There are many types of LASERs available for different purposes. Depending upon the sources they can be described as below.

  1. Solid State LASER
    In this kind of LASERs solid state, materials are used as active medium. The solid state materials can be ruby, neodymium-YAG (yttrium aluminum garnet) etc.

  2. Gas LASER
    These LASERs contain a mixture of helium and Neon. This mixture is packed up into a glass tube. It acts as active medium. We can use Argon or Krypton or Xenon as the medium. CO2 and Nitrogen LASER can also be made.
  3. Dye or Liquid LASER
    In this kind of LASERs organic dyes like Rhodamine 6G in liquid solution or suspension used as active medium inside the glass tube.
  4. Excimer LASER
    Excimer LASERs (the name came from excited and dimers) use reactive gases like Chlorine and fluorine mixed with inert gases like Argon or Krypton or Xenon. These LASERs produce light in the ultraviolet range.
  5. Chemical LASER
    A chemical laser is a LASER that obtains its energy from a chemical reaction. Examples of chemical lasers are the chemical oxygen iodine laser (COIL), all gas-phase iodine laser (AGIL), and the hydrogen fluoride laser, deuterium fluoride laser etc
  6. Semiconductor LASER
    In these lasers, junction diodes are used. The semiconductor is doped by both the acceptors and donors. These are known as injection laser diodes. Whenever the current is passed, light can be seen at the output.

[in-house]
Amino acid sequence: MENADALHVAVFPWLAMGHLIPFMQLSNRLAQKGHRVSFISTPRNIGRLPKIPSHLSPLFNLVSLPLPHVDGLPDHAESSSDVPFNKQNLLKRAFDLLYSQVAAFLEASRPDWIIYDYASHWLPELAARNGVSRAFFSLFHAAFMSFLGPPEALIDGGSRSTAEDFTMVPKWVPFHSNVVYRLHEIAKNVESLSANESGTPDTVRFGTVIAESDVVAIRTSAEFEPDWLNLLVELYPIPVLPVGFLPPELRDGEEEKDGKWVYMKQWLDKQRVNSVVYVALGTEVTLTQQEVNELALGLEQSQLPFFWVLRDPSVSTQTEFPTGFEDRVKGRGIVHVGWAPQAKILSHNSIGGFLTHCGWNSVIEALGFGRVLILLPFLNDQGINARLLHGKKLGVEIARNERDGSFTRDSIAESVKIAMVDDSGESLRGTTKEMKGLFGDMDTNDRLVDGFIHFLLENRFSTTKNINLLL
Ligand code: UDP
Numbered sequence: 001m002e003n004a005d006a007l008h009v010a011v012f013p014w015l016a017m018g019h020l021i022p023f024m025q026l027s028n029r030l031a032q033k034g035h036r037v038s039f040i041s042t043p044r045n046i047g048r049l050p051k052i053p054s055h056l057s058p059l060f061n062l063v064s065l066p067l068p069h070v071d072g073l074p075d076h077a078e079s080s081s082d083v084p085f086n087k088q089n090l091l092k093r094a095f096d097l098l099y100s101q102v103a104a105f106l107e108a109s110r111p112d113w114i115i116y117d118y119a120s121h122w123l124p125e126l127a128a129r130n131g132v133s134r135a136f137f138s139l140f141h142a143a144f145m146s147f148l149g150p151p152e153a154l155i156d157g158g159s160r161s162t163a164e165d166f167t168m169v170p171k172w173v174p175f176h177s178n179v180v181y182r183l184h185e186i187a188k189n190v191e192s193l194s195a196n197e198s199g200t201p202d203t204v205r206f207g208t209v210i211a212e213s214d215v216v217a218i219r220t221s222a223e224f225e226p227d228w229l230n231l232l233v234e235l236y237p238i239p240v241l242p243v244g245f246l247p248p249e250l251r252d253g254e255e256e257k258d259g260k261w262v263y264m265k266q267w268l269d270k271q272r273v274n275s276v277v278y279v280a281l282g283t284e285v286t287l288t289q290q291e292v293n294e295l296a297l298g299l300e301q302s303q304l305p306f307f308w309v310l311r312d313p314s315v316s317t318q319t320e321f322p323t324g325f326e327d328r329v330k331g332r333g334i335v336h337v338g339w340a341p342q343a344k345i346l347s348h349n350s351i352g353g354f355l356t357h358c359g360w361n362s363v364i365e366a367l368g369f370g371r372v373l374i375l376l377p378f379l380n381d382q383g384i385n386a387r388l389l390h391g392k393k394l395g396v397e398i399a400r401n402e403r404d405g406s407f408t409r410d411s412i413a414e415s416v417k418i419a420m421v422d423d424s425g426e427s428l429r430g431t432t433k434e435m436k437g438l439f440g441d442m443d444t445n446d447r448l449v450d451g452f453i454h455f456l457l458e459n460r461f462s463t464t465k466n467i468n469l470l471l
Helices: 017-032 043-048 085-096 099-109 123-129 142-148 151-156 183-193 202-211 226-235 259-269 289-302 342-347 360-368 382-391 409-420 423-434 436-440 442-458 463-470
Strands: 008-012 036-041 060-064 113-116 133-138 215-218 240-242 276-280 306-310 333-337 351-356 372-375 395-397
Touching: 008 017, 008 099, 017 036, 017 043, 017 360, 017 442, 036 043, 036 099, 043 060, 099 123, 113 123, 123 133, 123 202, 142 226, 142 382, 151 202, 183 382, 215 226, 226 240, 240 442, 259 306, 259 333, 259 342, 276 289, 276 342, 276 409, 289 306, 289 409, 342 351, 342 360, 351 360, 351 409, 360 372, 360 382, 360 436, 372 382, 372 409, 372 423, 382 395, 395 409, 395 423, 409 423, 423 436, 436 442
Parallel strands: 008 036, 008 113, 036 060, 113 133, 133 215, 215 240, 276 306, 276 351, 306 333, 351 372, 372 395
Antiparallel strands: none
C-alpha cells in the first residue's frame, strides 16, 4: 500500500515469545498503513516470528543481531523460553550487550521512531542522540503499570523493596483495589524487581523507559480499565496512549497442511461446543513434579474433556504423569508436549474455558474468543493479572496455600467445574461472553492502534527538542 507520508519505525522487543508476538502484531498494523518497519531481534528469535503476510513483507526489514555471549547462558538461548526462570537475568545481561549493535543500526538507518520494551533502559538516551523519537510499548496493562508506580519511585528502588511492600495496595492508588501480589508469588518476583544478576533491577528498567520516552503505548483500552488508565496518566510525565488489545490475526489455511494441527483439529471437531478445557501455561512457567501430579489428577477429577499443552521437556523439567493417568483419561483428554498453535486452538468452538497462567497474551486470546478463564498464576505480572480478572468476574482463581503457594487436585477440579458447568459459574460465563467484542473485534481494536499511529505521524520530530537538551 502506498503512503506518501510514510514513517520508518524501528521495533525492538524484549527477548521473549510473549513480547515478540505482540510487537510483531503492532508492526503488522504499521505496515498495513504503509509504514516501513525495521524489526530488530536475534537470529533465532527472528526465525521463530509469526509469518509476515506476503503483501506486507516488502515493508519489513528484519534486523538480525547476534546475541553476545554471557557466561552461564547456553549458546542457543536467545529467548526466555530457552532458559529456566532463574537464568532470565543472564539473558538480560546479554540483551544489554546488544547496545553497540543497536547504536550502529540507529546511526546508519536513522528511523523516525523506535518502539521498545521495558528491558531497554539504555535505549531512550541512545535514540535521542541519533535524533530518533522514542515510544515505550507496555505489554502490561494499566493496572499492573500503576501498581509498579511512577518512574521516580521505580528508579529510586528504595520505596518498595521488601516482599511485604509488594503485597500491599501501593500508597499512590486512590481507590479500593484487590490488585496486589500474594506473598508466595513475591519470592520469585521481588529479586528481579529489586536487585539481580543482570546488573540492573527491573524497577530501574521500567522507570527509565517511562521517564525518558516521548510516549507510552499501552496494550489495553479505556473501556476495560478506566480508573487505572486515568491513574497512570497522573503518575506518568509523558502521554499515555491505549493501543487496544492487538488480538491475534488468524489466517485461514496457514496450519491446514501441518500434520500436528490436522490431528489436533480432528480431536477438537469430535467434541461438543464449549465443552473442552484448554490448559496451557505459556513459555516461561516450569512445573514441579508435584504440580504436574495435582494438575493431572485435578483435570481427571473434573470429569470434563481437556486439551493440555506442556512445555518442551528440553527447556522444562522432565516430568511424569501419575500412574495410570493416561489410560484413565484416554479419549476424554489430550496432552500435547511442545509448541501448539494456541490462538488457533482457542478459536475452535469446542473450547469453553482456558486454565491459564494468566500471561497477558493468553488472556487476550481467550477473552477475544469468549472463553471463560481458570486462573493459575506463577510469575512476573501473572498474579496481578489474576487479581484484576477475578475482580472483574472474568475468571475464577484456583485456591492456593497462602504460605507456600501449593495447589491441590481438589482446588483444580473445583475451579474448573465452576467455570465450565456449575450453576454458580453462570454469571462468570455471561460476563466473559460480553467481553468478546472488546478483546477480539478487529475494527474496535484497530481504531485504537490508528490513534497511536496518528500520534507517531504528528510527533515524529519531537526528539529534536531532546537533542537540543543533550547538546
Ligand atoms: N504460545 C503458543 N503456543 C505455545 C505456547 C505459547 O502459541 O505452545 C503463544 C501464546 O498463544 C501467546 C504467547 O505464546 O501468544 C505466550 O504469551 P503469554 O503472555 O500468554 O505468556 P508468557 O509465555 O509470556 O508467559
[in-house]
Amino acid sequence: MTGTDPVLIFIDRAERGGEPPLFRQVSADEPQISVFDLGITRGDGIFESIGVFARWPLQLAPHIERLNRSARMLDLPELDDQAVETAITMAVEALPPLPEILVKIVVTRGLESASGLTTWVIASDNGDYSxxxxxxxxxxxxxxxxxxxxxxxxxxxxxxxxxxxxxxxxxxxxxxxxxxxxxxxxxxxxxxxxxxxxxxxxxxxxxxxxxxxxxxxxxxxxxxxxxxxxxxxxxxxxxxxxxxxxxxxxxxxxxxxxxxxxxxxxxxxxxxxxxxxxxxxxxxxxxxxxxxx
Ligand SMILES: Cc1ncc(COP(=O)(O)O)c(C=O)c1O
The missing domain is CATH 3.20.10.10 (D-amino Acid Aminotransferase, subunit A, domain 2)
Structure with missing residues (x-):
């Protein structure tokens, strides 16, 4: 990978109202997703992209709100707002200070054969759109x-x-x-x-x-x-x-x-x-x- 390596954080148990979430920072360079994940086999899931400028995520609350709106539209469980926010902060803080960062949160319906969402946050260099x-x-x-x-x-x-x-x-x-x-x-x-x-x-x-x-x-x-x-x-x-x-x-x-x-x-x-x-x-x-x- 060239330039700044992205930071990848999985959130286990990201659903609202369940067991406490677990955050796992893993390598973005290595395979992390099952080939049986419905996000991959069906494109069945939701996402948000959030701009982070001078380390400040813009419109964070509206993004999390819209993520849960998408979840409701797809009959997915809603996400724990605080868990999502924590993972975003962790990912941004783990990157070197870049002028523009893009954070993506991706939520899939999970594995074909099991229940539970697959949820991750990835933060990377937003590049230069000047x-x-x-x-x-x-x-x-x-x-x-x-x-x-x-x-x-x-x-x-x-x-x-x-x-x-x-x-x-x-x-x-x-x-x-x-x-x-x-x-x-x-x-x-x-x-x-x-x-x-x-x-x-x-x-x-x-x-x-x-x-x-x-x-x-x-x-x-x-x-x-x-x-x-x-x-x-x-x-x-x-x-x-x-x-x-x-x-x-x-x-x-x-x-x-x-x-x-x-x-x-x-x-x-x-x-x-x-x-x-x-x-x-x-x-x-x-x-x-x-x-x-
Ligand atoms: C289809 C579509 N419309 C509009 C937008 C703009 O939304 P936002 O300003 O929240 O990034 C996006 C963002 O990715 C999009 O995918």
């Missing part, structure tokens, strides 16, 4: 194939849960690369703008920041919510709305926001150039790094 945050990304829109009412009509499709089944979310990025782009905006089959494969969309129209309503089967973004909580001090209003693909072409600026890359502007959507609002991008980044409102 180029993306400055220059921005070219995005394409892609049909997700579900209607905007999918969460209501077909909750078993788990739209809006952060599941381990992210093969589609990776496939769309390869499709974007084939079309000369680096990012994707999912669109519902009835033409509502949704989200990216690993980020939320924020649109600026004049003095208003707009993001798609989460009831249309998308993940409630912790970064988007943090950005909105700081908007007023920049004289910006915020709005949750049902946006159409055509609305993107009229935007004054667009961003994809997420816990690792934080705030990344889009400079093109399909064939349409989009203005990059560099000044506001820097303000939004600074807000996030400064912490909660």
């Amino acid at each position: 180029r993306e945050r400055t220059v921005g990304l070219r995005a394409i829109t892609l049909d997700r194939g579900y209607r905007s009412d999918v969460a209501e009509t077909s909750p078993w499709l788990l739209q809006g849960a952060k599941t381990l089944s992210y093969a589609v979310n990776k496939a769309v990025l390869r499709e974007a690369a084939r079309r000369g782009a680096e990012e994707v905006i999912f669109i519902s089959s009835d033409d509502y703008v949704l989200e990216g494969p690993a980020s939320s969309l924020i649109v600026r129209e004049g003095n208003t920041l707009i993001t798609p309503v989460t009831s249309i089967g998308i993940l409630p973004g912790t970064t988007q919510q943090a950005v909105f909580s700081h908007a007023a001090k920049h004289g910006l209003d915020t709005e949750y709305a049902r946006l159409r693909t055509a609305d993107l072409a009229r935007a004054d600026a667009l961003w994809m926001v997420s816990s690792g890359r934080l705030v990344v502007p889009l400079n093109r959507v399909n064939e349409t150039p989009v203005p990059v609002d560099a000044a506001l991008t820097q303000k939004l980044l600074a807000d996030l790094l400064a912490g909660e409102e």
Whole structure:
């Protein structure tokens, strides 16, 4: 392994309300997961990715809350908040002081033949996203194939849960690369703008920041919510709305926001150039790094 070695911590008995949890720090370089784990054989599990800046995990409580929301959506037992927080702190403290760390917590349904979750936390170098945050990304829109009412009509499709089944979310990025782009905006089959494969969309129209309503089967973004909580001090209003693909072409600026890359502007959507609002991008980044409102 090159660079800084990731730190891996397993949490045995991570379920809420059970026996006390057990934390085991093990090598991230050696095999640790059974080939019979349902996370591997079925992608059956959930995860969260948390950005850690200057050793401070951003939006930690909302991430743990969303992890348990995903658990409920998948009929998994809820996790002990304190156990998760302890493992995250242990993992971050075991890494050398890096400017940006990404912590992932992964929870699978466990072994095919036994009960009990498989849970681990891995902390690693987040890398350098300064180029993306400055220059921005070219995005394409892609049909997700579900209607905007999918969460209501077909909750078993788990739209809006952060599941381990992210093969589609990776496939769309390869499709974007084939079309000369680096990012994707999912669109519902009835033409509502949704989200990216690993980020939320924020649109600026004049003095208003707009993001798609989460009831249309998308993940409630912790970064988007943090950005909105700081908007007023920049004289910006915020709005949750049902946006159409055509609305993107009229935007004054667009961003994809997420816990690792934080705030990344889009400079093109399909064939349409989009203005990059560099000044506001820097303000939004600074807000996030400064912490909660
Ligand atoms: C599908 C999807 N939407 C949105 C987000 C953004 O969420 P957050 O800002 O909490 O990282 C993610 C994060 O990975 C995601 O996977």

Closely Related Articles Op-amp | Working Principle of Op-ampAmplifier Gain | Decibel or dB GainIntegrated Circuits | Types of ICRegulated Power SupplyWork FunctionMobility of Charge CarrierWhat are Photo Electrons? Electron volt or eVEnergy Quanta | Development of Quantum Physics Schottky EffectHeisenberg Uncertainty PrincipleSchrodinger Wave Equation and Wave FunctionCyclotron Basic Construction and Working PrincipleSinusoidal Wave SignalCommon Emitter AmplifierRC Coupled AmplifierDifferential AmplifierWave Particle Duality PrincipleSpace ChargeInverting AmplifierMore Related Articles Vacuum Diode History Working Principle and Types of Vacuum DiodePN Junction Diode and its CharacteristicsDiode | Working and Types of DiodeDiode CharacteristicsHalf Wave Diode RectifierFull Wave Diode RectifierDiode Bridge RectifierWhat is Zener Diode?Application of Zener DiodeLED or Light Emitting DiodePIN Photodiode | Avalanche PhotodiodeTunnel Diode and its ApplicationsGUNN DiodeVaractor DiodeLaser DiodeSchottky DiodePower DiodesDiode ResistanceDiode Current EquationIdeal DiodeReverse Recovery Time of DiodeDiode TestingMOSFET | Working Principle of p-channel n-channel MOSFETMOSFET CircuitsMOS Capacitor | MOS Capacitance C V CurveApplications of MOSFETMOSFET as a SwitchMOSFET CharacteristicsPower MOSFETHalf Wave RectifiersFull Wave RectifiersBridge RectifiersClamping CircuitTheory of SemiconductorIntrinsic SemiconductorExtrinsic SemiconductorsEnergy Bands of SiliconDonor and Acceptor Impurities in Semiconductor Conductivity of SemiconductorCurrent Density in Metal and Semiconductor Intrinsic Silicon and Extrinsic SiliconP Type SemiconductorN Type SemiconductorP N Junction Theory Behind P N JunctionForward and Reverse Bias of P N JunctionZener BreakdownAvalanche BreakdownHall Effect Applications of Hall EffectGallium Arsenide SemiconductorSilicon SemiconductorTypes of TransistorsBipolar Junction Transistor or BJTBiasing of Bipolar Junction Transistor or BJTTransistor BiasingTransistor CharacteristicsCurrent Components in a TransistorTransistor Manufacturing TechniquesApplications of Bipolar Junction Transistor or BJT | History of BJTTransistor as a SwitchTransistor as an AmplifierJFET or Junction Field Effect Transistorn-channel JFET and p-channel JFETApplications of Field Effect TransistorDIAC Construction Operation and Applications of DIACTRIAC Construction Operation and Applications of TRIACPhototransistorNew Articles Ring CounterDischarging a CapacitorCharging a CapacitorElectric PotentialParity GeneratorElectric Flux